Weaving a Wake of Memories
The opening talk at TED was one of my favorites.
Nobel laureate Daniel Kahneman describes how our "experiencing self" and our "remembering self" perceive happiness differently – a fascinating touchstone for self-reflection.
Comparing one-week and two-week vacations in the same place:
“For the remembering self, the two week vacation is barely better than the one week vacation because there are no new memories added. You have not changed the story. Time is actually the critical variable that distinguishes our remembering self from our experiencing self. Time has very little impact on the remembered story.”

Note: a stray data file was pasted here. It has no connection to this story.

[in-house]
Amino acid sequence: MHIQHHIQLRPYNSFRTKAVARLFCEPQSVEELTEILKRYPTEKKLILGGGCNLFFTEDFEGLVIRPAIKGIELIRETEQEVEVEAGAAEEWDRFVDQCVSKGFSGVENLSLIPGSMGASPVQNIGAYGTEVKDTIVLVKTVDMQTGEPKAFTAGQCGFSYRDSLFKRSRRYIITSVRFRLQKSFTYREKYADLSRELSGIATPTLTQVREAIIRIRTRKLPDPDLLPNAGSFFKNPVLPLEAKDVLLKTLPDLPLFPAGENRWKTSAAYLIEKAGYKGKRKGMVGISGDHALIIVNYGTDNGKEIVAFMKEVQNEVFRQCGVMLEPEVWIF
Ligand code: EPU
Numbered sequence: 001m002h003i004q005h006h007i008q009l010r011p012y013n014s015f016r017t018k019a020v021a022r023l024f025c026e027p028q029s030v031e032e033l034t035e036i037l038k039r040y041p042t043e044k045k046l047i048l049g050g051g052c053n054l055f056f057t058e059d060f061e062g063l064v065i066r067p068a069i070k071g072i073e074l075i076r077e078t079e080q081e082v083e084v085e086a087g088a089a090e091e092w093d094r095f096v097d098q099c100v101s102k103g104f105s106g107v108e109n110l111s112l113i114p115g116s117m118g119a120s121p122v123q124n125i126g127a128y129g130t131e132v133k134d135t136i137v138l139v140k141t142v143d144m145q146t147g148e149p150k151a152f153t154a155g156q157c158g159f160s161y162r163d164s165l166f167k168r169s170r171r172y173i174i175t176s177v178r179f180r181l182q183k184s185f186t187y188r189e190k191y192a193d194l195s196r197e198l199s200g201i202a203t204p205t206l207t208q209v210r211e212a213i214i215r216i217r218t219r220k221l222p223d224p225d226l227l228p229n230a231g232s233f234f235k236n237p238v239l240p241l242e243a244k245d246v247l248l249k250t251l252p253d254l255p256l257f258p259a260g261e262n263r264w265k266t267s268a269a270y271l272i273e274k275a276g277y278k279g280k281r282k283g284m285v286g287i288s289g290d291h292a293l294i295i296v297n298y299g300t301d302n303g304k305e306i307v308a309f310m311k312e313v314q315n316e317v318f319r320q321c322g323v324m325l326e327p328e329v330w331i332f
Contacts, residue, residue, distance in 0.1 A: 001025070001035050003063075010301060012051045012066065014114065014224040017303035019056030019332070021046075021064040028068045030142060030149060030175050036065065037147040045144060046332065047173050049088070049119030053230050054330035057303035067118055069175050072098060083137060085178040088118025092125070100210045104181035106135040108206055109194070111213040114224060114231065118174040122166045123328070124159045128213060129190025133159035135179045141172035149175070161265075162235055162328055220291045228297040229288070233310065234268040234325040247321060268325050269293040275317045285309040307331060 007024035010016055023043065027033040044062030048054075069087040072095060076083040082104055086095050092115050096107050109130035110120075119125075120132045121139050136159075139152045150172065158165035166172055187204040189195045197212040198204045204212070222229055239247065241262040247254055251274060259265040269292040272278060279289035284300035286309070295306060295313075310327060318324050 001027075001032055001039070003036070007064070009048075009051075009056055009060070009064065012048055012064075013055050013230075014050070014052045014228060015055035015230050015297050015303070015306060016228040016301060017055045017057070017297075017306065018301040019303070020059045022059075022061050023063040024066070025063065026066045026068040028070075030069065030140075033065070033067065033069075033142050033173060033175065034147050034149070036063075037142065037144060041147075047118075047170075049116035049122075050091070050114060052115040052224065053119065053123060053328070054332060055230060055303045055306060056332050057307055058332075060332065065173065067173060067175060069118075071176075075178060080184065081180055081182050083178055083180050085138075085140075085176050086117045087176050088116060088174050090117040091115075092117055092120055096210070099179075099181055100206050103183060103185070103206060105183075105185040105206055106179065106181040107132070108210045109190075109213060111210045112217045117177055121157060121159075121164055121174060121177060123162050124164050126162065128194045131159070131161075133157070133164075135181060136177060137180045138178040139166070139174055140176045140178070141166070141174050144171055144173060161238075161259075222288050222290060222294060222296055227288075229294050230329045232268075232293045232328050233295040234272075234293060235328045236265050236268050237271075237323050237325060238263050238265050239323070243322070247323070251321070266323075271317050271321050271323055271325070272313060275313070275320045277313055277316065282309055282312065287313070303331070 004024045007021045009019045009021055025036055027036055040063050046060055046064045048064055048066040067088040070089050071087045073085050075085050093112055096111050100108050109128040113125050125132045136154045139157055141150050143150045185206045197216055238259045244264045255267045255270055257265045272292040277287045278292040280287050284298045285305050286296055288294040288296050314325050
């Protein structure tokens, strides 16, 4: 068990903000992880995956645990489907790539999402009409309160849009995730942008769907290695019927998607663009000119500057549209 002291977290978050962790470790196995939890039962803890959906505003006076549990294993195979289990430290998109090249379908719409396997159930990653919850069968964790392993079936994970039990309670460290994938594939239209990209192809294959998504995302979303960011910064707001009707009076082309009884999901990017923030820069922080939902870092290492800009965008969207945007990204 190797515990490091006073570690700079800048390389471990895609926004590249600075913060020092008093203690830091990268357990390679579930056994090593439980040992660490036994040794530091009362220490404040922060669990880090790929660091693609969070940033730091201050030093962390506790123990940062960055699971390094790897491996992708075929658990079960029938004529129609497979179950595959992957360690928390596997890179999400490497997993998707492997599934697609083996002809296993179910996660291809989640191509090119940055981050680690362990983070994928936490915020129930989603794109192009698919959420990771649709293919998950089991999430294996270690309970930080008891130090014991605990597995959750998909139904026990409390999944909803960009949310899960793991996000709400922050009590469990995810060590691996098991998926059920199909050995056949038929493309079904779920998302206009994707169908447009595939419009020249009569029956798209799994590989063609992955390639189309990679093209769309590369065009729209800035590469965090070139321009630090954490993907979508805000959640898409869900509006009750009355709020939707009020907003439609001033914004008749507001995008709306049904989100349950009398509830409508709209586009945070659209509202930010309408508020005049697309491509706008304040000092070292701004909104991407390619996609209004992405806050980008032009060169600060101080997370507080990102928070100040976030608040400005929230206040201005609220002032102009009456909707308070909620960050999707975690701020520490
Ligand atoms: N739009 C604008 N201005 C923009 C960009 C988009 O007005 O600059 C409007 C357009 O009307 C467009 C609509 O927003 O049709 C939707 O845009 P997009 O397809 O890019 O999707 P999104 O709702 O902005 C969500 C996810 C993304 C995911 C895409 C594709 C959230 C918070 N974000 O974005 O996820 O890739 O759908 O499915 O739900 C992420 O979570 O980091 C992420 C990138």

Which reminds me that our perception of the passage of time is clocked by the pace of salient events, not the pace of time. For example, the sheer activity level of children and their rapid transformation accelerates the metronome of life. The timescale shift fosters an existential appreciation of the present as it feeds the remembering self.
“We actually don’t choose between experiences; we choose between memories of experiences. And even when we think about the future, we don’t think about future experiences. We think of our future as anticipated memories. You can look at this as the tyranny of the remembering self, and you can think of the remembering self dragging the experiencing self through a set of experiences it doesn’t need. I have the sense that when we go on vacations, this is very frequently the case. We go on vacations in the service of the remembering self.”
Kahneman's Wake - the TED video is now online.